From a challenge to a business, meet Ibe who makes shoes for people with “big feet”
Every month, more than one million pairs of shoes are exported from the Ariaria international market, in Aba, Nigeria to the West African coast. With a few types of equipment, a shoemaker can produce about 10 shoes daily which sells at a price range of as low as ₦ 2,000 to ₦20,000 depending on the shoe architecture.
Obviously, the shoe business isn’t going into extinction anytime soon. In fact, it is a goldmine, yet to be fully explored even as several others are venturing into it as the day goes by. In the fourth quarter of 2018, Nigeria’s manufacturing industry contributed over ₦1.6 million to the nation’s Gross Domestic Product (GDP). In Aba, for instance, over ₦1 billion worth of shoes are exported to Europe weekly.
The industry itself has created thousands of employment for the young working population struggling to make ends meet in Africa’s most populous nation, Nigeria. For a large percentage of people, the business they find themselves managing and making huge returns, yearly, usually isn’t what they set out for initially.
Ibe Paul’s story isn’t any different. Though not new in the business world, Ibe, before launching his footwear company, Easyfit Footwears, was (is still), a Google certified Digital Brand Strategist and runs a digital marketing training agency called Digital Marketing Masterclass (DMM).
However, Ibe’s career took a new twist when he discovered there were difficulties in getting the right pair of shoes for his big foot. It’s either he got a size close to his and end up damaging it or he gets one that would take him donkey years to put on and pull off– this got really frustrating, so he opted for self-construction.
“Personally I have a big foot and I find it very difficult to get my shoe size anytime I visit shoe stores, so I make all my footwear”
It wasn’t long before Ibe’s self-made shoes started garnering compliments from admirers. Especially at functions, where a lot of people couldn’t hold back their hunger for one of those. That was when his business prowess came alive, “Why can’t I create a business out of this,” he thought to himself.
As time passed, Ibe realised he wasn’t the only one with the blessing of big feet, and he may as well convert them from allies to clients. Not to mention the challenge of trust on existing shoe markers because a percentage of them use substandard materials for production. This category of individuals end up coming to Ibe to make for them, and this was how Easyfit Footwears began.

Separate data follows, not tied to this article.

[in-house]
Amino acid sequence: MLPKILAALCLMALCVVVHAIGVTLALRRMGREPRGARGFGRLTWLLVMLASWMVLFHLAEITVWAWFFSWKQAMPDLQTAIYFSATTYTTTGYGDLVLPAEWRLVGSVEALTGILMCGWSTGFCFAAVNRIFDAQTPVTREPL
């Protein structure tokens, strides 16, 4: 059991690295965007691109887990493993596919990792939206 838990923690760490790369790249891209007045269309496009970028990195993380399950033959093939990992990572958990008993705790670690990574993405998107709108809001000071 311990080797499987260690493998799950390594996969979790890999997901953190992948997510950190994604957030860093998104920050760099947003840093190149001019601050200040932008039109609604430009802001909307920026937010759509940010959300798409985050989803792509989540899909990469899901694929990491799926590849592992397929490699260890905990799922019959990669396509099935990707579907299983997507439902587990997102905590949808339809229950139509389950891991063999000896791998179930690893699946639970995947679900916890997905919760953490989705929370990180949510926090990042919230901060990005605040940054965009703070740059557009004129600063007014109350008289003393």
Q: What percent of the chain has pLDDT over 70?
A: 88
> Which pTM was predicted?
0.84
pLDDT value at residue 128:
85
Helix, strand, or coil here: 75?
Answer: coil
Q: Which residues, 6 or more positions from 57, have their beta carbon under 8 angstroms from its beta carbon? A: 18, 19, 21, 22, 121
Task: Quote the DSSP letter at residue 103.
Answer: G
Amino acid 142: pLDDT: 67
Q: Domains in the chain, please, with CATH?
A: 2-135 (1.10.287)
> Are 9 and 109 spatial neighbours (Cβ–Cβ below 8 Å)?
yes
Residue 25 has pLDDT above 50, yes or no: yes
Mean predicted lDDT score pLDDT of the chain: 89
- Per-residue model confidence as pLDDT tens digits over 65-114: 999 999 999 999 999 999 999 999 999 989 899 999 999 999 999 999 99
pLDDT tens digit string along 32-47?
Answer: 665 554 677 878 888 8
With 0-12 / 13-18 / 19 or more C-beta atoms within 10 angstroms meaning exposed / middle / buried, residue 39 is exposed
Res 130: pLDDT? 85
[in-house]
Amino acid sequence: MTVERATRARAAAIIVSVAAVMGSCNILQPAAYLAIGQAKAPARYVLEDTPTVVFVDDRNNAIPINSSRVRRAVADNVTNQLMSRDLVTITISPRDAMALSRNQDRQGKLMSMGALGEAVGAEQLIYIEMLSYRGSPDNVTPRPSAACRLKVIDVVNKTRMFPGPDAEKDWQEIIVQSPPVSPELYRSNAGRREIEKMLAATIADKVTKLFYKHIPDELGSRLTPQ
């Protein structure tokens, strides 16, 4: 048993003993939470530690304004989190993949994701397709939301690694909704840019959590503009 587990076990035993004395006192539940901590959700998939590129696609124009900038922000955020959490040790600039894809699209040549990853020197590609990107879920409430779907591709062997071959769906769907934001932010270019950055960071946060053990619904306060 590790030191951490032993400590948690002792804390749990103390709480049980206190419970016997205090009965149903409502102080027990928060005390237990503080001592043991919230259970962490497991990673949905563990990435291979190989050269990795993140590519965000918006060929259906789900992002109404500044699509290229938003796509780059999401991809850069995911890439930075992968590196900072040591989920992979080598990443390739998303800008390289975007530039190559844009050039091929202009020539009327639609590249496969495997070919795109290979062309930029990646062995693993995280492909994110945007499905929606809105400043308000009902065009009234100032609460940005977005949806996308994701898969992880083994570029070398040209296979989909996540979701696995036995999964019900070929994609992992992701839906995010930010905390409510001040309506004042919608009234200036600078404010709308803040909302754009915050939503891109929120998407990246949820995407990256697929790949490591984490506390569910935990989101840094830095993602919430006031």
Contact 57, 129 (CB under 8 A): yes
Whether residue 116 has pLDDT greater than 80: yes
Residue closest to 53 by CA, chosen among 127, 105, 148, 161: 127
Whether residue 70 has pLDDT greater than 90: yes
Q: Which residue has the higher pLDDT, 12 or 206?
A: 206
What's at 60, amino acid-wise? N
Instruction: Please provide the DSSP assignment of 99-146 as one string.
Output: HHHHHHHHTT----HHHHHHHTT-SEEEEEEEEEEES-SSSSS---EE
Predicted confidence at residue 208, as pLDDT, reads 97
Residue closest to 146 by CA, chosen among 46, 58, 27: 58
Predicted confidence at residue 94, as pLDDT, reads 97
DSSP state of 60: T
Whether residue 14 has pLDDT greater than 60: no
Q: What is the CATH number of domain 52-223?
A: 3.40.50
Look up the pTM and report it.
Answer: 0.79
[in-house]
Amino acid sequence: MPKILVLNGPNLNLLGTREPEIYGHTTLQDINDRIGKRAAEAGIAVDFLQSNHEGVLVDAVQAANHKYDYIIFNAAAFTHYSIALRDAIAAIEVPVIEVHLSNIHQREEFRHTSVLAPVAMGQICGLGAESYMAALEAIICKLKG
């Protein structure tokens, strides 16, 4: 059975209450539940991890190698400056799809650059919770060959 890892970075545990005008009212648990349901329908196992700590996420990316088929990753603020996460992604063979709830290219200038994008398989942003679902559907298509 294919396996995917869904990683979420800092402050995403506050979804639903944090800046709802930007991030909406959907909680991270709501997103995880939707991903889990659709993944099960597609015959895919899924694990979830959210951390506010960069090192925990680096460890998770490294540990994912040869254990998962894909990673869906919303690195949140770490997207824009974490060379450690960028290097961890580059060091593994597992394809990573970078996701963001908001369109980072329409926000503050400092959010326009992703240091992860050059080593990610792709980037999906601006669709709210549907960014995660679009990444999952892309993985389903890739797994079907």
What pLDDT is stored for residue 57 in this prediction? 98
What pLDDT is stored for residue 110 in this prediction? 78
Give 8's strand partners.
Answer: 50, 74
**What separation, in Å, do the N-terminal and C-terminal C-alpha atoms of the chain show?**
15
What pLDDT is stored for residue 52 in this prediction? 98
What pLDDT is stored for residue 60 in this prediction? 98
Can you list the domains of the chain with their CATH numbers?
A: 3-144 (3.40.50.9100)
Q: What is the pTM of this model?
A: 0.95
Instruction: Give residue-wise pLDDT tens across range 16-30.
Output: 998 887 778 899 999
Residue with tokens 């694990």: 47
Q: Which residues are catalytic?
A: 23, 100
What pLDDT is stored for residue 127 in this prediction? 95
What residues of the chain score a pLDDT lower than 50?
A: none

The very beginning
Launched in January 2018, Easyfit Footwears is an indigenous brand that specialises in the production and distribution of bespoke footwears across Nigeria. With the sole aim of satisfying the incessant hunger for quality footwear by Nigerians and beyond, the company has pitched its pickup office at Ogba, Lagos, Nigeria, which also serve as the workshop where the dirty job is done.
Over the years, Ibe has used his brand to proffer solution to the dilemma of several individuals who find it daunting getting the right size of shoes for themselves, and the story has been that of recommendation from one satisfied client to another.
“Apart from the fact that I enjoy it when people use and recommend my brand to others, I also enjoy that my brand, is a solution to a certain crop of persons who have been struggling with getting their shoe size and that alone, keeps me going.”
Another interesting thing about Easyfit Footwears, is production materials are locally sourced for, thereby promoting the “buy Nigeria” campaign, which encourages giving back to the economy. However, this doesn’t mean there aren’t plans by the company to start importing from overseas in the near future.
“We are still a growing brand, so we get most of our materials from Mushin here in Lagos and sometimes, we travel down to Aba too”
Even though raw materials are gotten locally, the products are very durable and extremely cost effective. According to Ibe, some products the company specialises on such as strap sandals, come in different varieties with prices ranging between ₦3,000 ($8.29) and ₦10,000 ($27.65). Ibe further divulged that their leather sanders is one of Easyfit Footwears’ most wanted product. Despite starting off as a full-blown B2C outlet, Easyfit Footwears has grown to mass producing and selling to wholesalers, who in turn retail at their own prices across Nigeria.
“We have people who buy from us and resell at their own rates across Nigeria and so far, there has never been a single complain from any one of them”.
Considering that production materials are being sourced locally, one would have thought they would be gotten at a cheaper rate. But then, it is a different ball game as these materials are to some extent expensive which can widely be attributed to the current economic situation in the country.